iOS 16: New Features
iOS 16 isn’t a massive update, but it’s packed with fun new features that will make your iPhone look fresh this fall:
This can now be heavily customized (change colors and fonts, for example) and upgraded with widgets to keep tabs on the weather, your activity rings or any other information you need easy access . And, much like the Apple Watch faces, you can create multiple lock screens, each with its own wallpaper and widgets, and easily switch between them.
The way these appear has been changed: they now roll from the bottom of the screen, which seems like a more logical way to present them. Apple also announced live activities, a new way to track sports games, Uber trip progress, workouts, and more. from the lock screen.
Your choice of lock screen, widgets, and notification settings can now be tied to focus modes. Apple suggests “a data-rich lock screen when using work focus or a photo lock screen when using personal focus.” By swiping to a particular lock screen, you can trigger the associated focus mode.
There are also now focus filters: if you’re in work Focus mode, for example, you can choose to only see Safari tabs related to a project you’re working on, or filter irrelevant messages in Messages and Mail.
Apple announced three big changes to Messages. You can 1) edit and 2) unsend messages after they’ve been sent, and 3) mark any thread as unread. Less importantly, there are plenty of new visuals to customize your Memoji, including new hairstyles and headgear, nose shapes, and poses.
New tools here include scheduled sends and, very briefly, the ability to recall sent messages. Mail should detect and notify users of forgotten attachments, and there are new reminder later and follow-up features to prompt the user when they or a recipient has not responded to an email.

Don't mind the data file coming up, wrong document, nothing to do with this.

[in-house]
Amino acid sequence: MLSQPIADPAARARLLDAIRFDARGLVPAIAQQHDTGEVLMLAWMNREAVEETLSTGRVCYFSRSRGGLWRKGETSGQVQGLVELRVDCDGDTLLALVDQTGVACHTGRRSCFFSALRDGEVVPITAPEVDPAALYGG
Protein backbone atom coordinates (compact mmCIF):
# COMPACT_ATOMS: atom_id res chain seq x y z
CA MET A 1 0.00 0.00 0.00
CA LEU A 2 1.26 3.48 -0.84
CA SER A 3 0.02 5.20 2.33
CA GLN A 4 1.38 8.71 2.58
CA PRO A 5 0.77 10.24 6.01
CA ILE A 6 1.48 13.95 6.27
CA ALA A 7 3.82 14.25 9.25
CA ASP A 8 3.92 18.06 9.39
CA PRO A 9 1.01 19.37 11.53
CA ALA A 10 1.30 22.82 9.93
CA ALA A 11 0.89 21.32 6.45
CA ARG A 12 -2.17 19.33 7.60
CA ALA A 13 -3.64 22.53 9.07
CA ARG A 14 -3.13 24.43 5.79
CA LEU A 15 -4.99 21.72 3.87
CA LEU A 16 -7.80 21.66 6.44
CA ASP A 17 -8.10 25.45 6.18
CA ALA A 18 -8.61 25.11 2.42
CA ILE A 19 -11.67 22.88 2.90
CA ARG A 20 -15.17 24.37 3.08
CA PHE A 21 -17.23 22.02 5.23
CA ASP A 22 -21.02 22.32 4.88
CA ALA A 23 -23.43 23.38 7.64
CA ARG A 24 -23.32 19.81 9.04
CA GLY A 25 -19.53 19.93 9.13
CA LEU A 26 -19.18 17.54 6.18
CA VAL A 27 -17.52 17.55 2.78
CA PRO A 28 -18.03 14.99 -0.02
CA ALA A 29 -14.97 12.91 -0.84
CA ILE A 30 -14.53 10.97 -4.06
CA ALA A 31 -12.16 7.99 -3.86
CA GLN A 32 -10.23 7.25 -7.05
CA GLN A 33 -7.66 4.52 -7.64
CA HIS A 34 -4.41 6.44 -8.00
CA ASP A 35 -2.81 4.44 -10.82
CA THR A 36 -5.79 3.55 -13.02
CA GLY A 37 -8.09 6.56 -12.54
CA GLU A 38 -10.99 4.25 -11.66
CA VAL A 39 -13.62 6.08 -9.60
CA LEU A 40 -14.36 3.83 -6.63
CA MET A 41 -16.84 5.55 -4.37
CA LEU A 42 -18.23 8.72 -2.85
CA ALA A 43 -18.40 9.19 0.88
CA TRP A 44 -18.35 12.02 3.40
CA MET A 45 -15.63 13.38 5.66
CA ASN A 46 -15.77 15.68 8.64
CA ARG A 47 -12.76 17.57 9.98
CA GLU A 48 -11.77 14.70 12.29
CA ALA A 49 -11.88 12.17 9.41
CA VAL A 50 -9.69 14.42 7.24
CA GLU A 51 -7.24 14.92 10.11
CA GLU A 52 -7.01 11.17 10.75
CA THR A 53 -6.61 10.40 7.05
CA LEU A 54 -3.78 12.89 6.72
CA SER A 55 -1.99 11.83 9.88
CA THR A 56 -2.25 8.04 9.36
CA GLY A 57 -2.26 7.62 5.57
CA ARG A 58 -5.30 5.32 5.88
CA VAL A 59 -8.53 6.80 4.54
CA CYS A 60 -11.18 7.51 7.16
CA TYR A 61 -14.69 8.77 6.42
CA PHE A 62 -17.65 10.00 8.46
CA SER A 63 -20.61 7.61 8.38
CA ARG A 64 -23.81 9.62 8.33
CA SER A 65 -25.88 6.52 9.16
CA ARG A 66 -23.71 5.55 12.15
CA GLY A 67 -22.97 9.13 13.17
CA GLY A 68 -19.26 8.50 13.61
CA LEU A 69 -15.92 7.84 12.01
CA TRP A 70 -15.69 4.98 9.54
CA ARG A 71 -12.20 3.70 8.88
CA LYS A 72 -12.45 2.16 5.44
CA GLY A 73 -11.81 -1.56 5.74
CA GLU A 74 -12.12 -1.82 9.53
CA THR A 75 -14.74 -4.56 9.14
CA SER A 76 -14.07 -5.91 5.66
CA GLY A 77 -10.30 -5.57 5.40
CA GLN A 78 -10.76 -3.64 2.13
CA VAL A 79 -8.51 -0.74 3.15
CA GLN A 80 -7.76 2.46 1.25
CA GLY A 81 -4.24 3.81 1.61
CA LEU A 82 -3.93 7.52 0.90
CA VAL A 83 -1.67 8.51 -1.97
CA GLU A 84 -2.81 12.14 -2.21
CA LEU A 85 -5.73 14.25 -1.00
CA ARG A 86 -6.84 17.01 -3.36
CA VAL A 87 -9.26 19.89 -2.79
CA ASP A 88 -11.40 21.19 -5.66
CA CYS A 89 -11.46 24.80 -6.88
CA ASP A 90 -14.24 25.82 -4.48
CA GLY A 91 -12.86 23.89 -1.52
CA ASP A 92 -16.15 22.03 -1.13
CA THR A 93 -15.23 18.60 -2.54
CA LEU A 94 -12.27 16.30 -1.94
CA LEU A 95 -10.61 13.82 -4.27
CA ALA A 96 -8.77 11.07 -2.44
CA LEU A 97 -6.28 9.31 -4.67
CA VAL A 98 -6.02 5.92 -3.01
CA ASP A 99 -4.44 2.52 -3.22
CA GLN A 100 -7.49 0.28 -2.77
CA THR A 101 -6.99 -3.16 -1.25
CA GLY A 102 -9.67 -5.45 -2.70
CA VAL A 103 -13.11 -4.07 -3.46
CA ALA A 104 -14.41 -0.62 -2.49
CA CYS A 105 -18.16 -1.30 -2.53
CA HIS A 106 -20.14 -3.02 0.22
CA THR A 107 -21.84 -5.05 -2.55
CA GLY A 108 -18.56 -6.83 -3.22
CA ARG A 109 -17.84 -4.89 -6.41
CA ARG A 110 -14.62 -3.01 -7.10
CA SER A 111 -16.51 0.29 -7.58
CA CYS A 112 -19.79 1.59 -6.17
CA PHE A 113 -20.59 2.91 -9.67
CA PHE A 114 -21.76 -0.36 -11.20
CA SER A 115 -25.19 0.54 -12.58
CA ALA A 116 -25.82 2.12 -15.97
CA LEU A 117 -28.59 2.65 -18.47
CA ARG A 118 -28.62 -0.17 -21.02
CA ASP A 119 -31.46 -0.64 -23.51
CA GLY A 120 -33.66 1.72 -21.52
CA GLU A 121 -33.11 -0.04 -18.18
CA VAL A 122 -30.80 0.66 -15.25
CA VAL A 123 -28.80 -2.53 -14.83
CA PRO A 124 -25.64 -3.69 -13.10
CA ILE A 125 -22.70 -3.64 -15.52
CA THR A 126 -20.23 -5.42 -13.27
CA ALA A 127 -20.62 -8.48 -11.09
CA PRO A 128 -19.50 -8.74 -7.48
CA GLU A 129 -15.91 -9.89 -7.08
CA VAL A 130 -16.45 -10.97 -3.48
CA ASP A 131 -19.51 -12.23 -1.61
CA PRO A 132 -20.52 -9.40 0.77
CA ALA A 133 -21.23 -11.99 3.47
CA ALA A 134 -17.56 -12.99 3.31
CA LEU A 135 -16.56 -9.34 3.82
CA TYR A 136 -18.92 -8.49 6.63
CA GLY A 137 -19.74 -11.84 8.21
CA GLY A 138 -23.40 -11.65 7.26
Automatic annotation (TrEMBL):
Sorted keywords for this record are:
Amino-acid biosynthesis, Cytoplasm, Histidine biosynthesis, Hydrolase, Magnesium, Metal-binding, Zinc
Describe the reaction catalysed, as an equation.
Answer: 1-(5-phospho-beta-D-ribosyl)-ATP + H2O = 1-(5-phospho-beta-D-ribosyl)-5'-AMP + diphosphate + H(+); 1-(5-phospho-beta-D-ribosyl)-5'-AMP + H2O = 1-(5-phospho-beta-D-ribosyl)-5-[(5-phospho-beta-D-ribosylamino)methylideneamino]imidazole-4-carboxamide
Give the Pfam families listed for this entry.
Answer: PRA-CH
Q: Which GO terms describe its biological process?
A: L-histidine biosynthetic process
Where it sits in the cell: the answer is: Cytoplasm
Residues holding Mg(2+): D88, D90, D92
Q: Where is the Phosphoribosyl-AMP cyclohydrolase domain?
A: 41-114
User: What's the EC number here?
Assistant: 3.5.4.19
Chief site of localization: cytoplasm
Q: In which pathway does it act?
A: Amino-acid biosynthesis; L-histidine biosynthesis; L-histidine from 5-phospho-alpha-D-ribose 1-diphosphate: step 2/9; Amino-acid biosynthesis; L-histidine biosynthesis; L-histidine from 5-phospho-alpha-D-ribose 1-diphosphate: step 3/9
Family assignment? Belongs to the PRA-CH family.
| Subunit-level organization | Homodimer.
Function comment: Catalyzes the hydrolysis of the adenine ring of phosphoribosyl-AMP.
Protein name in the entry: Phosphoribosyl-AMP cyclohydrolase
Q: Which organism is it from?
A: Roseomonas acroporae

Live text and visual search
Live text now applies to video as well as still images. Pause a video and the text will become “live” to be copied or translated. Apple says Live Text will also provide faster access to translation and currency conversion tools.
The related Visual Look Up feature, which was introduced in iOS 15 and uses AI to identify plants, animals and landmarks in your photos, is also getting an update. For starters, it can now also recognize birds, insects, and statues. But separately, it can use that same AI to detect the edges of pictured objects and let you tap and hold them out of a photo and in other apps like Messages. Spot a cute dog in a photo? Cut it out and insert it into an iMessage so others can enjoy it too.
Gets in-app identity verification: A handy option if you don’t want to share personal data with someone, but need to prove to them that you’re over 21, for example. Wallet also has the ability to share digital keys via Messages, Mail or WhatsApp.